For many years now, the Department of Justice and the International Association of Chiefs of Police have encouraged partnerships between local law enforcement and private security companies. Both believe that law enforcement and private security are stronger when they work together as partners. One area of possible partnership would be observation patrols. In some communities this could be an expansion of a current neighborhood observation patrol program and in other communities it would be an entirely new program.
Both city and county law enforcement departments have stated over and over again that they cannot be everywhere and observe what is happening in neighborhoods and business districts. From these concerns many departments have developed volunteer civilian neighborhood observation patrols. These civilian volunteers patrol areas, observe places of concern, and report suspicious or unlawful activity to an assigned law enforcement officer. Because their work requires dedication and is time consuming, it cannot be done by a private security guard, unless contracted to do so. Nonetheless, private security companies could participate in the patrol element of the program. In cities and counties that do not have neighborhood observation patrols private security companies could be an additional asset that uses an already existing set of eyes on the streets.
Private security guards that are assigned to vehicle patrols spend countless hours on the streets, driving from one client site to another. While they are commuting from one site to another they can be an extra set of eyes for local law enforcement. These individuals have been trained to observe and take notice of things outside of the norm and they have also been trained not to engage in activities, but instead report them. This makes them perfectly suited for observation patrols. With the proper form of communication, they can perform this service without taking time away from their regular duties and responsibilities.
Communication is the real devil in the details, because the security guard must be able to make the report while in route to the next client site without delay. If the communication between the security guard and law enforcement is cumbersome, it will slow down the security guard and cause an intolerable delay. Therefore, this kind of observation patrol will need a seamless line of communication between the security guards and the law enforcement community. While I personally believe that it would be better for the security guards to have a means to directly contact a member of the law enforcement community, I realize that the local 911 operations is most likely the preferred option for many.
When you call 911 the operator is going to be asking the kind of questions that will develop an initial report that will assist law enforcement to respond appropriately. However, this process is often too detailed and time consuming for a security guard who is simply calling to report suspicious activities and observations. Remember, time management is critical. Therefore, using a 911 operation as a call in center for a security observation patrol would require the phone operators to be oriented to receiving a report without developing it with details. With this in mind, a simple format that can be memorize by both the reporting security guard and the 911 operator would be the most prudent method.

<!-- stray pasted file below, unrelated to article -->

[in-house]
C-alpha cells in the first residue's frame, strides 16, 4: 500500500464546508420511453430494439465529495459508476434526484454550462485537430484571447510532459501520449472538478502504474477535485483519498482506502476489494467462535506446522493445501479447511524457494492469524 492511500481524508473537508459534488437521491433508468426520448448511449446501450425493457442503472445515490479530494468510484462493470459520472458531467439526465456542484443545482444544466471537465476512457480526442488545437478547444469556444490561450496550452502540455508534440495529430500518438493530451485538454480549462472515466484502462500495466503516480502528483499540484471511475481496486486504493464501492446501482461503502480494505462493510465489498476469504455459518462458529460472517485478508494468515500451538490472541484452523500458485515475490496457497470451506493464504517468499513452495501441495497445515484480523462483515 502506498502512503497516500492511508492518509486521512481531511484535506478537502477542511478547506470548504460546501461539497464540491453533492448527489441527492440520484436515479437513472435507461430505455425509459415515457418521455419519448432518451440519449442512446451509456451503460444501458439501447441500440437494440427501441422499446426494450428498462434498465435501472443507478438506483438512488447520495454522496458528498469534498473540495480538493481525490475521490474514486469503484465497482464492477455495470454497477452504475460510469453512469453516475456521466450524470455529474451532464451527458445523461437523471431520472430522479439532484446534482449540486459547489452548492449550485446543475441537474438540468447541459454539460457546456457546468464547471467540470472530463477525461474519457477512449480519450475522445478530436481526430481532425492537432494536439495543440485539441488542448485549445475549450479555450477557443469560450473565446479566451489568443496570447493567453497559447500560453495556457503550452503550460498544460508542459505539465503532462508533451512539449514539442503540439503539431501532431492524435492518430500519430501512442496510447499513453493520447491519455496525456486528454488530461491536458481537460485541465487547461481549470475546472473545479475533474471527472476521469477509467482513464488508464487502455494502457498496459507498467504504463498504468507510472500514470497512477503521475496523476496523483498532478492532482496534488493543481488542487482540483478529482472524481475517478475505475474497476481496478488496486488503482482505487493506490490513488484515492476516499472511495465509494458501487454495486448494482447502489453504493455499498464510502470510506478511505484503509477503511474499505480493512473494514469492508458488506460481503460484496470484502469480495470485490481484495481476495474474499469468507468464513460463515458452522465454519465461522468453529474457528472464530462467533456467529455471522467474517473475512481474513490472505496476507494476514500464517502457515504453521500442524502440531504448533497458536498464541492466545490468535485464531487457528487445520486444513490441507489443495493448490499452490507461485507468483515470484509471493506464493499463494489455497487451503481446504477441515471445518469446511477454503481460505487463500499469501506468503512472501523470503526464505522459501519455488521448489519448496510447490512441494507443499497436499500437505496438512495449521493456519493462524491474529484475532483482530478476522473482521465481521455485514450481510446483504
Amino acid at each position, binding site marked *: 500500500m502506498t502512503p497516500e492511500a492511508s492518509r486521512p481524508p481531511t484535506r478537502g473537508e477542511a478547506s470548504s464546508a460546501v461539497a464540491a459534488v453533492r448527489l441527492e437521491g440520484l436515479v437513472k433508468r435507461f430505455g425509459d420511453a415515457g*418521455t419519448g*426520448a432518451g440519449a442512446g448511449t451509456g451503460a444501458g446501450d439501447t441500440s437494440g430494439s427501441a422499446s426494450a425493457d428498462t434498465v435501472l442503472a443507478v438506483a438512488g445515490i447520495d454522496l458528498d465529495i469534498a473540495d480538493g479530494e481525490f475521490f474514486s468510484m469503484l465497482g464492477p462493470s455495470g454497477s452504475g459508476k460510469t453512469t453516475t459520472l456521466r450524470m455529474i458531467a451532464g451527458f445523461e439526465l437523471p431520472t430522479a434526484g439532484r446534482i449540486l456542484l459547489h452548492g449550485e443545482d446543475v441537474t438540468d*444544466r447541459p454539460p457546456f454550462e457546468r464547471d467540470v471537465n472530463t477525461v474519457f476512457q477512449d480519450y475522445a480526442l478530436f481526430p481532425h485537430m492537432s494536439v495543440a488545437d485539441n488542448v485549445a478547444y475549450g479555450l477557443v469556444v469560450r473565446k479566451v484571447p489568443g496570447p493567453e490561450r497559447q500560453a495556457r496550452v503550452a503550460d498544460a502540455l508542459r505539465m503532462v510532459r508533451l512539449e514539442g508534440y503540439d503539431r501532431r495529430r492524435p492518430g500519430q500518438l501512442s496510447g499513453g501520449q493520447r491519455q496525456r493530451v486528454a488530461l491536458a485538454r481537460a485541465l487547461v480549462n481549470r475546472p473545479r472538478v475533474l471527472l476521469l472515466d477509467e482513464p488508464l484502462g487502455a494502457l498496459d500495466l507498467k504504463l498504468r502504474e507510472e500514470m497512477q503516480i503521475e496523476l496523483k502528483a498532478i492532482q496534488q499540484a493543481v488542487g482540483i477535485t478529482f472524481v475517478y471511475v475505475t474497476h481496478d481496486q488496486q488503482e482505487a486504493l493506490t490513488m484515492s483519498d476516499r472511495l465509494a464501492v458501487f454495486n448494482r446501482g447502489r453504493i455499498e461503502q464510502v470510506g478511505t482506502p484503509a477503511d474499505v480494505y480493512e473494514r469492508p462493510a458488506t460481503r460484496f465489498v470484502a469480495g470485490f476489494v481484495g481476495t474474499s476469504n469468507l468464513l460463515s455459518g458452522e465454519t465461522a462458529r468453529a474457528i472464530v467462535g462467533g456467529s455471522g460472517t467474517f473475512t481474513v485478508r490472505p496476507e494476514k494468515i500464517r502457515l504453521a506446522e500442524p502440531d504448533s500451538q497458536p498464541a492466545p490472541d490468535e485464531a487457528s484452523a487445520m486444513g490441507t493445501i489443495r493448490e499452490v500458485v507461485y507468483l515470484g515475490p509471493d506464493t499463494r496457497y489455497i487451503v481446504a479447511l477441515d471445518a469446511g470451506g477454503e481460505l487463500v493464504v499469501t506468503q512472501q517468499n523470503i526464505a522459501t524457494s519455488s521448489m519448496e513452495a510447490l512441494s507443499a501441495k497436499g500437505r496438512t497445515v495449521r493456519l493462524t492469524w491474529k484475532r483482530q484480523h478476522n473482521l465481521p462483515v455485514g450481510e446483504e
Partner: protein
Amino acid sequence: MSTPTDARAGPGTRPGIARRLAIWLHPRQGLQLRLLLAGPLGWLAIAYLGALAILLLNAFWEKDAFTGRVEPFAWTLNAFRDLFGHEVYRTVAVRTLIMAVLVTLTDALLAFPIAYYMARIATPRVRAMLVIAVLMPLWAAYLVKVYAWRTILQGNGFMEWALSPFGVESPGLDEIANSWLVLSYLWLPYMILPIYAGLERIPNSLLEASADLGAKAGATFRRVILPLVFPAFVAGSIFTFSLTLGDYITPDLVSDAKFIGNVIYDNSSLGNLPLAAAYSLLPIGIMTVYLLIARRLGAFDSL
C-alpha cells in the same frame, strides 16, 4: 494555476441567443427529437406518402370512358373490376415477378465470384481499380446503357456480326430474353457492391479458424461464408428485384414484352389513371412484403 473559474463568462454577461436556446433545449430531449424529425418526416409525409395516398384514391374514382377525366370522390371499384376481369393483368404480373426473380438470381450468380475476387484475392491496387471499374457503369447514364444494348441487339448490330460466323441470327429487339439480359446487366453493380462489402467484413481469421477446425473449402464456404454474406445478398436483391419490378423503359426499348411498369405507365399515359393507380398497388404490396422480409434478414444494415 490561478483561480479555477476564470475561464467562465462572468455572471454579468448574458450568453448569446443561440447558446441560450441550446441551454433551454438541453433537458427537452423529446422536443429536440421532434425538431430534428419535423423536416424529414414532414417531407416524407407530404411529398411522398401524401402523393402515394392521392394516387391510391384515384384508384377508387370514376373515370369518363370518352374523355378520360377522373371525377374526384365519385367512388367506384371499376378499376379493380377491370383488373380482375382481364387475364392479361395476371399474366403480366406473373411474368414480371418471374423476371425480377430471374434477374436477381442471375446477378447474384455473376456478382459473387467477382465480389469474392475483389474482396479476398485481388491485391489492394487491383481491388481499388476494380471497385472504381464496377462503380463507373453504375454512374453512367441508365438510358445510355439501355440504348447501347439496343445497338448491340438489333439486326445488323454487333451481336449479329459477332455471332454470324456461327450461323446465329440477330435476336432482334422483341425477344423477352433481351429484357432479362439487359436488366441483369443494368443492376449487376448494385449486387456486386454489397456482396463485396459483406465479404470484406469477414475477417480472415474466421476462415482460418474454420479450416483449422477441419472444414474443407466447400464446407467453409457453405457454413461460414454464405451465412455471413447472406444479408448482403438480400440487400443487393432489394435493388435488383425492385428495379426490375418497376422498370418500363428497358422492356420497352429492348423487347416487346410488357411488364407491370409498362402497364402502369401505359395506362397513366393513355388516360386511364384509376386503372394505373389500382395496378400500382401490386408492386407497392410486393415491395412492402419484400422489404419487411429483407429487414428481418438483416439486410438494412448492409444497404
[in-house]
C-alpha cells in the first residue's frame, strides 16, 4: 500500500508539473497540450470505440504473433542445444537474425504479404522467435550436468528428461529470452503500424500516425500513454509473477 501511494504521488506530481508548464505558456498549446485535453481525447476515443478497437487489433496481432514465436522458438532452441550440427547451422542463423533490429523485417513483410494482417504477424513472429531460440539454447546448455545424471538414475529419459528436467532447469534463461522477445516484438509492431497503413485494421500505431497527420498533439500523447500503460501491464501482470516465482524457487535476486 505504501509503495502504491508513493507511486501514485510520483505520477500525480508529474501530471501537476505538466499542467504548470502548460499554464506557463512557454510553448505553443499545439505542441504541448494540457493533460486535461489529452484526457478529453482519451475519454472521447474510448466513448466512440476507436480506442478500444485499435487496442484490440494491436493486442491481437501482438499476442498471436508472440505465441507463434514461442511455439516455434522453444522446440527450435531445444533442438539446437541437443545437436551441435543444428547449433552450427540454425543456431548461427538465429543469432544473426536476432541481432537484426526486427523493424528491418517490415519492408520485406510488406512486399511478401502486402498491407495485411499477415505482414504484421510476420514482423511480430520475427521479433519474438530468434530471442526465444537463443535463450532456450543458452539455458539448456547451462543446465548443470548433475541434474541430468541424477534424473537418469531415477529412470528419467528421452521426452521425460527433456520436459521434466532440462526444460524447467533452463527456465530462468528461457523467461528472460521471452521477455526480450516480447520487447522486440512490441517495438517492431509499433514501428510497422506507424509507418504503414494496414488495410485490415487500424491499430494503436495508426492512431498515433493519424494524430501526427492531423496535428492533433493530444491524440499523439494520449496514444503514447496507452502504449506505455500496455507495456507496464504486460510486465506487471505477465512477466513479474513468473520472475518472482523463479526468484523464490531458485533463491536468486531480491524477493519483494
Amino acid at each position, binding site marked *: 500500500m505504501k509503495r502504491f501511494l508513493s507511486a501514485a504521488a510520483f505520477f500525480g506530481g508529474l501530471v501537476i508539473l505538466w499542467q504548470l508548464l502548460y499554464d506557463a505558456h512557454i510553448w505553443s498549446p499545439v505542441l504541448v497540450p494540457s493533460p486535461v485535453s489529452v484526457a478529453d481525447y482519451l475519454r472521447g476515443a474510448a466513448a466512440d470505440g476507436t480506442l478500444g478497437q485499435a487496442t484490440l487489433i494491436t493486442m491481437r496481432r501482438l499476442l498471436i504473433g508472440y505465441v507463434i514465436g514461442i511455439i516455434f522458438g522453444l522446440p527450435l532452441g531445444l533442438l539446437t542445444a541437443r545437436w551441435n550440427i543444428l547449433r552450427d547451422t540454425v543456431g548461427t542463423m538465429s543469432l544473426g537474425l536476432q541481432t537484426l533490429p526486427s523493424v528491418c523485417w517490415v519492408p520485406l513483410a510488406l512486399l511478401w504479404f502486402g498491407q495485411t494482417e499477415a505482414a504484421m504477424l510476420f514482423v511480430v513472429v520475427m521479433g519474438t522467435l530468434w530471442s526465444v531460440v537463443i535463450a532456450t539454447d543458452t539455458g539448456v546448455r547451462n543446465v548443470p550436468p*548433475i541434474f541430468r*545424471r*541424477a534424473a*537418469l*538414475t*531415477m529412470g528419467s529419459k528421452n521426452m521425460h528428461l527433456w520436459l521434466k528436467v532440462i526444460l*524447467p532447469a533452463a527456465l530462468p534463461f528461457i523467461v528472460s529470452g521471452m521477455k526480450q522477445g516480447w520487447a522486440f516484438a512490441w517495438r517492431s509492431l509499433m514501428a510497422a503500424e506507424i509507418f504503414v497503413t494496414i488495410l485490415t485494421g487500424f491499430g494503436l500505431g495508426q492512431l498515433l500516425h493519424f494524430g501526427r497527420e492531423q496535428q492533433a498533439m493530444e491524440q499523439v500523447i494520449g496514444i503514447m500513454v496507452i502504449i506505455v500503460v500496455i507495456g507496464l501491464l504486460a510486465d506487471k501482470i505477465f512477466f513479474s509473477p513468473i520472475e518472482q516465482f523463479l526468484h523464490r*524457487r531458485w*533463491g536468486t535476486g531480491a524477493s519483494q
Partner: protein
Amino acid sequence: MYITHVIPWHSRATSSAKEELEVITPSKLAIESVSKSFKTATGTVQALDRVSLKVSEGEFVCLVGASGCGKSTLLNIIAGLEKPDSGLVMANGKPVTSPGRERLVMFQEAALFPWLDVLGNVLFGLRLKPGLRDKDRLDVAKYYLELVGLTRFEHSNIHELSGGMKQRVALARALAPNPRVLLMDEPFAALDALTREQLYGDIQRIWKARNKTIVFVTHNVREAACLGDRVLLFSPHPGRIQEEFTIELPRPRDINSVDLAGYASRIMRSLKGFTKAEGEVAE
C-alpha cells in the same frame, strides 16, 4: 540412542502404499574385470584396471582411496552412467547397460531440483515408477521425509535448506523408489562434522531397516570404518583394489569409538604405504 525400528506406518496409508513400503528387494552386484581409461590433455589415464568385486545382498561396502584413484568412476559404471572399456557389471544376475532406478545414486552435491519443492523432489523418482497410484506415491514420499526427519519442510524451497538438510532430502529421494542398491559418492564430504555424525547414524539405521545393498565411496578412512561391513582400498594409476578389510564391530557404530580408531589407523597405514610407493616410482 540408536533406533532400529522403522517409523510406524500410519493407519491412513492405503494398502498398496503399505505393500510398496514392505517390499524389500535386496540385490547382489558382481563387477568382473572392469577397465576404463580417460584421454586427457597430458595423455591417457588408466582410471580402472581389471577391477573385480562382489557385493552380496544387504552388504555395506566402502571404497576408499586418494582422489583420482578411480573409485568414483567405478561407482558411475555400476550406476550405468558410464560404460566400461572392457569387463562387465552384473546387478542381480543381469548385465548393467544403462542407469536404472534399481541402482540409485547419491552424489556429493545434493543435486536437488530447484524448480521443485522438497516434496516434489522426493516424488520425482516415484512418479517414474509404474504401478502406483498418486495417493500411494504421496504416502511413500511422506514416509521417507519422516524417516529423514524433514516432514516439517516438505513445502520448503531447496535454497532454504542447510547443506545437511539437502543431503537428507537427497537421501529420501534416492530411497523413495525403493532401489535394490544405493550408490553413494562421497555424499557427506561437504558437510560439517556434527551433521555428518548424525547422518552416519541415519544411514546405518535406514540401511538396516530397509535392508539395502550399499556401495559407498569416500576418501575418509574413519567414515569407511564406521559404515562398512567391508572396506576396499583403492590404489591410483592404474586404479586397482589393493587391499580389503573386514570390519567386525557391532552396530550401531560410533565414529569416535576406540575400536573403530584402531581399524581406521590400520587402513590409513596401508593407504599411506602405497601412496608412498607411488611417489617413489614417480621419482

Here is an example of a simple format. The 911 operator answers the phone and says, “what is the nature of your emergency (or similar words)?” The guard says, “security observation patrol.” The operator then would say, “identify yourself?” Then the guard says the name security company they work for and either their employee number or other company identification. An example of this would be, “acme security and I am security officer 123abc.” After the operator has processed this information, the operator says, “what are you reporting?” The guard will give a one sentence report. For an example, “A broken door window at John’s flower shop at 123 main street” or “a fight involving several individuals in the parking lot of big box store at the corner of east street and main street.” The guard ends the report with the words, “report submitted.” After the operator has processed the report, the operator says, “Thank you for the report, goodbye (or something similar).” As you can clearly see, time management is at the core of this format.
One might ask, why request an employee number? The reason is simple, some names are challenging to write and record. If someone has an uncommon name, it can be time consuming to record. Giving the name of the security company and the employee number (or other company identification) will be enough information for the law enforcement community to easily find the reporting security guard.
It would be a great benefit for the local law enforcement community to have security guards as a partner that provides an additional set of eyes in the neighborhoods through security observation patrols and it is the kind of partnership that the Department of Justice and the International Association of Chiefs of Police envision for the future of public safety. As for the private security companies, the general public tends to have a positive response to business that promotes their safety and well-being. So having their officer’s participate in security observation patrols would be good for their public image and could also be beneficial for them in other ways. In closing, this program would cost law enforcement nothing and the gain for law enforcement is an invaluable asset.
Written by Dave Pflueger August 26, 2016 (c) copyrighted by Pflueger. Dave is a former Correctional Chaplain of the Pierce County Sheriff’s Department and certified for mental health peer counseling.